Christensen Primary 5e17a557bb695

Why implant-supported edentulous prostheses?

Jan. 1, 2020
Treatment of the edentulous mandible is among the most difficult procedures dentists accomplish on a routine basis. Dr. Gordon Christensen goes over alternatives for restoration.

Q: I practice in a moderate-sized town where patients work hard but don’t have much money. I still see many edentulous patients every month, and they are usually a genuine frustration to me. Most of them have been edentulous for many years, and they have minimal bone left. Often, the ridges are knife-edged with multiple sore spots present. As expected, most of these patients have limited financial resources. I am seeing numerous advertisements for various forms of expensive solutions to the edentulous challenge. Are they better than lower-cost alternatives? What do you consider to be the best treatment alternative for the patients I have described?

A: Every dentist has the same frustrations. Although some edentulous patients are satisfied with their dentures, most find their mandibular dentures to be inadequate. In my brief response, I will emphasize restoration of the edentulous mandible.

The alternatives for restoration of an edentulous mandible are described below with my personal opinions on each concept, based on both research and clinical observation. The alternatives are described starting with the most expensive and ending with the least expensive. Advantages and limitations of each are included.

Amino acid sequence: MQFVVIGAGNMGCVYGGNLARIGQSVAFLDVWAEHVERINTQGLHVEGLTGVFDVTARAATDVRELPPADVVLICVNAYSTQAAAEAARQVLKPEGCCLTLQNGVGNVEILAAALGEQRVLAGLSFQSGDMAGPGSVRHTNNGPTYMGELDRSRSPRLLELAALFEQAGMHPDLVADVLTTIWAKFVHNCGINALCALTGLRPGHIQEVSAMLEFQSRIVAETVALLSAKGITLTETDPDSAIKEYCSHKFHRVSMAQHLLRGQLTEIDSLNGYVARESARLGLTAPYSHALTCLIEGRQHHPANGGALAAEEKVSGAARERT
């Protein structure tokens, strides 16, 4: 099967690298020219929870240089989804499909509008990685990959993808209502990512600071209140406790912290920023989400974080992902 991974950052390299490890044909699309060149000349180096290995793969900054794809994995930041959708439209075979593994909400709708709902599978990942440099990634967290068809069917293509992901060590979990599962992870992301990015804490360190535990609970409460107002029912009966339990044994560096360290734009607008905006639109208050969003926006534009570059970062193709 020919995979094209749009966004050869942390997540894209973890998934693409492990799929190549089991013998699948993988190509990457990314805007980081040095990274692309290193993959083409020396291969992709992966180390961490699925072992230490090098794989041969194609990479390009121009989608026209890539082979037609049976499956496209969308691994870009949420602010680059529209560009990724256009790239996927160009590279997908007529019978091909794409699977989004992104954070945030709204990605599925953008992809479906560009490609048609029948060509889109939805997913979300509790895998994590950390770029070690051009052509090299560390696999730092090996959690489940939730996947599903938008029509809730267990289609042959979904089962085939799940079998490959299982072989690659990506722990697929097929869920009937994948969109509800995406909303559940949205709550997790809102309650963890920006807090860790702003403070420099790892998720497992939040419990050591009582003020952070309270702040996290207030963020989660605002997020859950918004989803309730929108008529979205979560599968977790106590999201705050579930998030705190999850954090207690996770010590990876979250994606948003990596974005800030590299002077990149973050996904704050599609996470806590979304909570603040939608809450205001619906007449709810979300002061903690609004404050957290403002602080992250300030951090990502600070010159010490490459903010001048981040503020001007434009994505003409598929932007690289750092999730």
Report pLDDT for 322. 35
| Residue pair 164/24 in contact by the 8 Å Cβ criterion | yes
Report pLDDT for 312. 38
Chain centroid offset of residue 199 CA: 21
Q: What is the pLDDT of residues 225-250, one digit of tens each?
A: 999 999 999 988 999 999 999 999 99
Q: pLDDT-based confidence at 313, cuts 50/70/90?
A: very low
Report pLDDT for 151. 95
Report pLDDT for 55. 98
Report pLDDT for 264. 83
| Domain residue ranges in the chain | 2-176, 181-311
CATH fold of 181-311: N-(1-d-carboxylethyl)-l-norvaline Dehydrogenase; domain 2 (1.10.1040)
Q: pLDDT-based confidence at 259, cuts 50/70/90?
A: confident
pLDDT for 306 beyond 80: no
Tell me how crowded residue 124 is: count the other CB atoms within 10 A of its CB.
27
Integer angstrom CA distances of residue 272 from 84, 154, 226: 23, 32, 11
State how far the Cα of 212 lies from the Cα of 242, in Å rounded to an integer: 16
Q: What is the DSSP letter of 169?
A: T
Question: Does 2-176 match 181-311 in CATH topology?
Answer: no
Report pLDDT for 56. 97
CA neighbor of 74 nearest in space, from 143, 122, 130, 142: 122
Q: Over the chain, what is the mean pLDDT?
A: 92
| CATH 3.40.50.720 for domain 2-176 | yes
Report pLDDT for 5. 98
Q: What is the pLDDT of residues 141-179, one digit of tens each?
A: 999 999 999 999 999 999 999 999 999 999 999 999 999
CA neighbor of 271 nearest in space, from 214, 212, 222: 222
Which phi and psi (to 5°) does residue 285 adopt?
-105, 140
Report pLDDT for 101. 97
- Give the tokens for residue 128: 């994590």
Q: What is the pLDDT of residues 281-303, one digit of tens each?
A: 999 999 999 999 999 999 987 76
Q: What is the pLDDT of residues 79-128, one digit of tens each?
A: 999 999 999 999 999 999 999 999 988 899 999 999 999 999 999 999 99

Fixed prosthesis over implants

This treatment was initiated with the Brånemark prosthesis design. The original version of this treatment usually had six implants in each arch placed anterior to the maxillary sinus and anterior to the mental foramen. Most of the current versions use four or more implants placed both anterior to the sinus and mental foramen as well as in the posterior of the mouth. The constant ads in magazines, newspapers, the internet, and on TV and radio have made this expensive alternative well-known to potential patients. 

Advantages:

 Provides self-esteem boost for patient

• Does not require removal daily

• Can feel similar to natural teeth

• Allows near-optimum chewing ability, if fabricated properly

• Does not move during eating

Limitations:

• Usually requires removal of significant coronal bone to allow enough facial-lingual bone width to place standard-diameter implants (3 mm diameter or more).

• Cost is much higher than removable prosthesis placed over implants.

• Oral hygiene is difficult, and many patients leave food under these prostheses, causing gingival irritation and foul breath.

• Should be taken off annually to allow cleaning, recontouring, and examination of the implants, resulting in a significant cost.

• Difficult and costly to repair if prosthesis breaks.

• Failure of an implant causes significant repair or replacement if only four implants support the prosthesis.